These works are intended to be horrifying and depressing, and aim to prevent people from letting this sort of global destruction happen. But one effect of them is to increase people's feeling of hopelessness. In Sydney we saw a particularly vivid example of this when the US attacked Libya. My wife came home from teaching that afternoon and said that the girls had been sobbing in the corridors, Newspapers the next day reported that this had happened in schools all over Sydney. The kids wanted to be assured that they were going to live until their final examinations before they would agree to study for them.
Some of the teachers did not feel so strongly. One was heard in the staff room saying that if nuclear war broke out they would just go to Switzerland, because it is neutral! (There should be plenty of room there since the Swiss apparently have plans to relocate to Australia in the same event.)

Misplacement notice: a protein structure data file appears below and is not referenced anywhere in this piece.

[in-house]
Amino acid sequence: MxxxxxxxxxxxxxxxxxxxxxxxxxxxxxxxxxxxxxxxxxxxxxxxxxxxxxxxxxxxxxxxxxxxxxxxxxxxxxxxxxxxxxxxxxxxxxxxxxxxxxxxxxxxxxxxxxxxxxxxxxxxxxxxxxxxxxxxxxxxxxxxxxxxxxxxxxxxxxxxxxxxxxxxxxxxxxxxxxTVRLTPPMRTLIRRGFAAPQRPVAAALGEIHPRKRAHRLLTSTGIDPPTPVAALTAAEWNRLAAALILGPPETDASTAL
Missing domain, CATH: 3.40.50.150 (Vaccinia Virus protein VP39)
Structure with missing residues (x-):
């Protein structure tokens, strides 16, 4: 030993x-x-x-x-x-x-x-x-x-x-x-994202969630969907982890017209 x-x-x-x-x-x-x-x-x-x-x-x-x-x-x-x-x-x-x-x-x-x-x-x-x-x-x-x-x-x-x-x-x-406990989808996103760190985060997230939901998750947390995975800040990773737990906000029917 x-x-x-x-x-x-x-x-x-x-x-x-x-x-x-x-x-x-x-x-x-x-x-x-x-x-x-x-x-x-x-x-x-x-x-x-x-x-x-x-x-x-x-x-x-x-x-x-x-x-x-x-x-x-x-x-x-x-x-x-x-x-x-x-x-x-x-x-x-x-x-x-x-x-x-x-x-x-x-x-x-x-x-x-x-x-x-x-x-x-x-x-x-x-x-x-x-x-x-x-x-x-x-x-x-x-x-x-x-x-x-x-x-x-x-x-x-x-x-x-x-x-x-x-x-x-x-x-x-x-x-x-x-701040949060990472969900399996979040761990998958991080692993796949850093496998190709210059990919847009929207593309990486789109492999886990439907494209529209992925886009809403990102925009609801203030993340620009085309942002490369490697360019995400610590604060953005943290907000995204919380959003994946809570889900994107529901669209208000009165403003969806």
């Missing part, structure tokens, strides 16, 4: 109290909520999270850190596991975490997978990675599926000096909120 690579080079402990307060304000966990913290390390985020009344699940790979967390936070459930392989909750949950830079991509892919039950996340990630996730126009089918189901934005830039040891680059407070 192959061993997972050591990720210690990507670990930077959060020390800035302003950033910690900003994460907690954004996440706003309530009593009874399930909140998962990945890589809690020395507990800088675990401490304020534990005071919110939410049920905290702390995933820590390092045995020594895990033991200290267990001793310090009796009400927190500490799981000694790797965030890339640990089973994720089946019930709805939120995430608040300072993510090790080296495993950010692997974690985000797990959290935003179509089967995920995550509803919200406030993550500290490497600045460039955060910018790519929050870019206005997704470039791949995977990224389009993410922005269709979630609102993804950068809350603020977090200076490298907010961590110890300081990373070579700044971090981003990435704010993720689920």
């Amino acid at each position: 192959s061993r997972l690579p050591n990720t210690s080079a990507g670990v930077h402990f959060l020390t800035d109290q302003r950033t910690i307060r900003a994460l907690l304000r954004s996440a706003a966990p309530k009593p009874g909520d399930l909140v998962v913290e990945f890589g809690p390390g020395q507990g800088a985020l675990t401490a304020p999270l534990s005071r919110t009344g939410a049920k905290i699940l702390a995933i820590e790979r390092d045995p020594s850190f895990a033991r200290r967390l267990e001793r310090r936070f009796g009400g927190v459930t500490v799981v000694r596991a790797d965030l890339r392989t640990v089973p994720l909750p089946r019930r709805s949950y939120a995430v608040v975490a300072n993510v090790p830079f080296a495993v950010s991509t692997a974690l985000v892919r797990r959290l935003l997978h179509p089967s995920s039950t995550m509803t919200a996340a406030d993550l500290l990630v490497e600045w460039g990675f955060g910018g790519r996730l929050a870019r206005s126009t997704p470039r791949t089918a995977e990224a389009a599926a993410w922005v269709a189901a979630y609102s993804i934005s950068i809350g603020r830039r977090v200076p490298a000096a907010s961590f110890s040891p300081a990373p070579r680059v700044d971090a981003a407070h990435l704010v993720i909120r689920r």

One of the problems of working for peace is that people don't make rational calculation the basis of their life. Instead they guide their actions by a set of myths, ideals or inarticulate hopes. When I was talking this topic over with a number of people, the book Z for Zachariah was often mentioned. This is a children's book and tells the story of a teenage girl who lives in a valley which has survived the nuclear holocaust - a meteorological quirk had protected it from fallout. Into this valley comes a strange man wearing an anti-radiation suit. In the end of the story the girl takes the suit and goes off in search of other survivors and other valleys. Both the meteorological quirk and the 'anti-radiation' suit have overtones of magic. The story is a fairy tale of our times. It seems to be read by as many adults as children.